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A Better Envelope

A Walkthrough of Time/Level Pairs versus old-school ADSRs

If you have no idea what envelopes are in any way, then this article is not for you. Go hereOr here if you need more info.

If you can already tweak ADSR sliders to get the sound you want, then you’ve come to the right place. This article introduces a better concept in envelopes, which the ESQ/SQ80 just happens to use.  Best of all, you’ll be able to wrap your brain around this concept in just a few short minutes.

Tricky Envelopes

I’ll freely admit it.  One of the most confusing and intimidating screens on the ESQ/SQ80 is the envelope page.  We’re all familiar with something like this (see photo to the right):

It is the famous ADSR envelope with simple slider controls.  You knob freaks may want to see round potentiometers, but ADSR really makes more sense as linear sliders.  You get a nice visual representation of the current state of your envelopes.

Unfortunately, many of you who were thrilled with the ease, speed and logic of editing the rest of the ESQ/SQ80, turned to the ENVELOPE pages and were gobsmacked by the following image:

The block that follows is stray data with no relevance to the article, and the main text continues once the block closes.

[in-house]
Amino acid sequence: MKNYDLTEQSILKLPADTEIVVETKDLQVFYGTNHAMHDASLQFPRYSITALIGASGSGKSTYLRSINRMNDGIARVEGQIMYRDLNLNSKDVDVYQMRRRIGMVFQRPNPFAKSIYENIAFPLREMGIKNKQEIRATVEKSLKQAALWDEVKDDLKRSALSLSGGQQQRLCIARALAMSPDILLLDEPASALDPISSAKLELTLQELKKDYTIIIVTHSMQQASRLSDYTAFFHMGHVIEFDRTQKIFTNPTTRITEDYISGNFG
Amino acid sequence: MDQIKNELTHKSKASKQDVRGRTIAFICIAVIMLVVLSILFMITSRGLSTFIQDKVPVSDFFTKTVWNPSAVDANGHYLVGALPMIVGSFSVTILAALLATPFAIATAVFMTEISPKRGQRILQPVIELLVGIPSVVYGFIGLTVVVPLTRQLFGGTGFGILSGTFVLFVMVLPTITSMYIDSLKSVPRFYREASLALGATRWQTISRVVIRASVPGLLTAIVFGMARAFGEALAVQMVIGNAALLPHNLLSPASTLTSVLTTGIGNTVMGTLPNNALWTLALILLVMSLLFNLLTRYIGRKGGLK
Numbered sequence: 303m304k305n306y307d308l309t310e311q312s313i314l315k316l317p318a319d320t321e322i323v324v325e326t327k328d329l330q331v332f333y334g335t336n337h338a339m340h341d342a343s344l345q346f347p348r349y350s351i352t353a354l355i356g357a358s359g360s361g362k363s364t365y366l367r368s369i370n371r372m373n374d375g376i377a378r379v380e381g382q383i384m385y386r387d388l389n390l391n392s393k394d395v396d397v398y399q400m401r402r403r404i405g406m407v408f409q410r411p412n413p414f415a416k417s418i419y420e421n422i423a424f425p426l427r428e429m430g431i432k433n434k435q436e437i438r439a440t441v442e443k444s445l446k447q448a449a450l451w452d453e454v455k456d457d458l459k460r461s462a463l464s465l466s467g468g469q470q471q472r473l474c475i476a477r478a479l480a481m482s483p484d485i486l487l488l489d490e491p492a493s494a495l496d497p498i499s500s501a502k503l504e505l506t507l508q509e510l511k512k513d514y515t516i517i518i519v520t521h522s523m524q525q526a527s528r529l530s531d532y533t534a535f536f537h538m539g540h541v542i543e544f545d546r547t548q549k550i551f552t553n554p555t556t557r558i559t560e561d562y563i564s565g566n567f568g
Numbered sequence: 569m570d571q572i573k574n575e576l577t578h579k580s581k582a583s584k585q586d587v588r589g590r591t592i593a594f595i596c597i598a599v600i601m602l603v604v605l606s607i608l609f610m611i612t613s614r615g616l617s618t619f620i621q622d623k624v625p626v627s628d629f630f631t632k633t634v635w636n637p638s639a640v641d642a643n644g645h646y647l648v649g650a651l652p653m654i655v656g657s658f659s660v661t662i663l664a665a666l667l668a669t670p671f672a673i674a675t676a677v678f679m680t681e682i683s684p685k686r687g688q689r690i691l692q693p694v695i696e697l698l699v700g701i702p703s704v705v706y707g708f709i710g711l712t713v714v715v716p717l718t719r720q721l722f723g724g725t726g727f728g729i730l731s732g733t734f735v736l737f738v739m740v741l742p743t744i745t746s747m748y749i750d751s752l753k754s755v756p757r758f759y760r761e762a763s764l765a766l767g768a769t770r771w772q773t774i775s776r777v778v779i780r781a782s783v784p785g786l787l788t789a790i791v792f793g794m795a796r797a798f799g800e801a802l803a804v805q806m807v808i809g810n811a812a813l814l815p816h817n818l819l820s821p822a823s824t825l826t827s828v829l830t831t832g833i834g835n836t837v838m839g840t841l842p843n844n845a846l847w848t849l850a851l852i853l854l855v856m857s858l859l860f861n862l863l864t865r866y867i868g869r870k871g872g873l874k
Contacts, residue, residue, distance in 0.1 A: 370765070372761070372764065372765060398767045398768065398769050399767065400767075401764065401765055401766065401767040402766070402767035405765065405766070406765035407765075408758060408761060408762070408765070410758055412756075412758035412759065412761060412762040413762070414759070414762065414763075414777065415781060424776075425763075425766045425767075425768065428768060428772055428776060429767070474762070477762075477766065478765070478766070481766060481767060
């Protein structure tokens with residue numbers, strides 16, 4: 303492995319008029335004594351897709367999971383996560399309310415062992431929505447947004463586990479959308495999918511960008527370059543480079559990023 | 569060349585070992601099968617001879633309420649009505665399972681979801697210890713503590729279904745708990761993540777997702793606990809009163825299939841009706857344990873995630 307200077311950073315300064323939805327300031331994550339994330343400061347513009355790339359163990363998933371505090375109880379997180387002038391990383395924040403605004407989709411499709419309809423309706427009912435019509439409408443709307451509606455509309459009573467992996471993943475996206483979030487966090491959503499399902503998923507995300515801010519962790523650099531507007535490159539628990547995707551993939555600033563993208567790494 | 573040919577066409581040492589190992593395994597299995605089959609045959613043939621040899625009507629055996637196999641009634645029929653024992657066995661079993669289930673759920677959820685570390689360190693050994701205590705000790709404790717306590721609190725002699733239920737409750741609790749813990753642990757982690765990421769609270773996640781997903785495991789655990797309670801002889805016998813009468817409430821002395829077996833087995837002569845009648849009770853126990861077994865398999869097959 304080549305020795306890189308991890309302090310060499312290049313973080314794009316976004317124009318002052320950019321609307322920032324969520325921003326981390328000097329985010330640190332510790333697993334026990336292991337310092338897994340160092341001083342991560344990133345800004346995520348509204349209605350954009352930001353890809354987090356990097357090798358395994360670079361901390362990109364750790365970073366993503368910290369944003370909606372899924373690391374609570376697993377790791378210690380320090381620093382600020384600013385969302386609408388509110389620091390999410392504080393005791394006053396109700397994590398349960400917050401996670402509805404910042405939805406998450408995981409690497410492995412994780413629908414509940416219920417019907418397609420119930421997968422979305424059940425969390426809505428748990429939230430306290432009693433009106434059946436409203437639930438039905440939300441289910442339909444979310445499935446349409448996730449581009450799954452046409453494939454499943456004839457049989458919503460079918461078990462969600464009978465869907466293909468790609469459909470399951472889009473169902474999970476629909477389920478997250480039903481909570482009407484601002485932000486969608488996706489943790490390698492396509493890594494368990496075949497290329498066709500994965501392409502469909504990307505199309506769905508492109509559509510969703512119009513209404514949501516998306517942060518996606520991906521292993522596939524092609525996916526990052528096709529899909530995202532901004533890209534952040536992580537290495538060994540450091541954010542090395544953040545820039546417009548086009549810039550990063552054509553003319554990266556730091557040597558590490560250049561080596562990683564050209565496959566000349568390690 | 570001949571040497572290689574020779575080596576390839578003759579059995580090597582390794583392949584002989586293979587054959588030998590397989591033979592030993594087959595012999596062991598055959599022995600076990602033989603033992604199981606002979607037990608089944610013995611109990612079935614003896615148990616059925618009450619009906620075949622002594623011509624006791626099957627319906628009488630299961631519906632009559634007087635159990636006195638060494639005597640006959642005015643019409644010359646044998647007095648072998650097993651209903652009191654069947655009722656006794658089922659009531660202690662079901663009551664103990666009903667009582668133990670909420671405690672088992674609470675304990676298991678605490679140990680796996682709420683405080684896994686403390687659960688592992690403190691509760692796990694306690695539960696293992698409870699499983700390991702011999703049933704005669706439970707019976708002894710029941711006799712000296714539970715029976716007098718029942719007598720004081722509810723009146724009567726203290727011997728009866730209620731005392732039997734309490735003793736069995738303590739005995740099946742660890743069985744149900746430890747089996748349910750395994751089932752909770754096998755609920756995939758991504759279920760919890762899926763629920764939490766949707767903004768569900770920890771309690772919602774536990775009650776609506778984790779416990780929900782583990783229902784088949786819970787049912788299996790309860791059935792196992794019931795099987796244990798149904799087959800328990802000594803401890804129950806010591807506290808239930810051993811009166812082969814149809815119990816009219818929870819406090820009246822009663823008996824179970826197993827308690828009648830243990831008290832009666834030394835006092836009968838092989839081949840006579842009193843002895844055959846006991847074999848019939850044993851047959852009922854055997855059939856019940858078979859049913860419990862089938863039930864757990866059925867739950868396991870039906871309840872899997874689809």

What are all those numbers?  And how do they relate to the little graph on right side?

Here's one way of looking at it: Those number represent definitive proof of one thing:

ADSR is fake!

You heard me.  I have not come to praise ADSR, but to bury it.

Remember those College entry board problems (SAT, ACT) where they trick you into using different units in ways that don’t mix ("A train leaves Chicago at 9:40 furlongs per fortnight and  travels fifteen hectares at the rate of 75 liters per metric hour.  What is the color of the polar bear?")?  ADSR is the same kind of rip-off.

Here's the proof.  Let’s step through ADSR one letter at a time:



I understand this. I want my attack to be fast, sort-of-fast (half-fast?) or slow.

So far so good.  I can set a similar delay to the attack, or something completely opposite.  Because they are both "slopes", at least they relate to each other.  I can set a fast attack-slope, a slow delay-slope, or any combination of the two. I trust the synth maker to make sure that if I set the "A" and "D" sliders to similar positions, they will take roughly the same amount of time to attack and decay.

Now jump ahead to...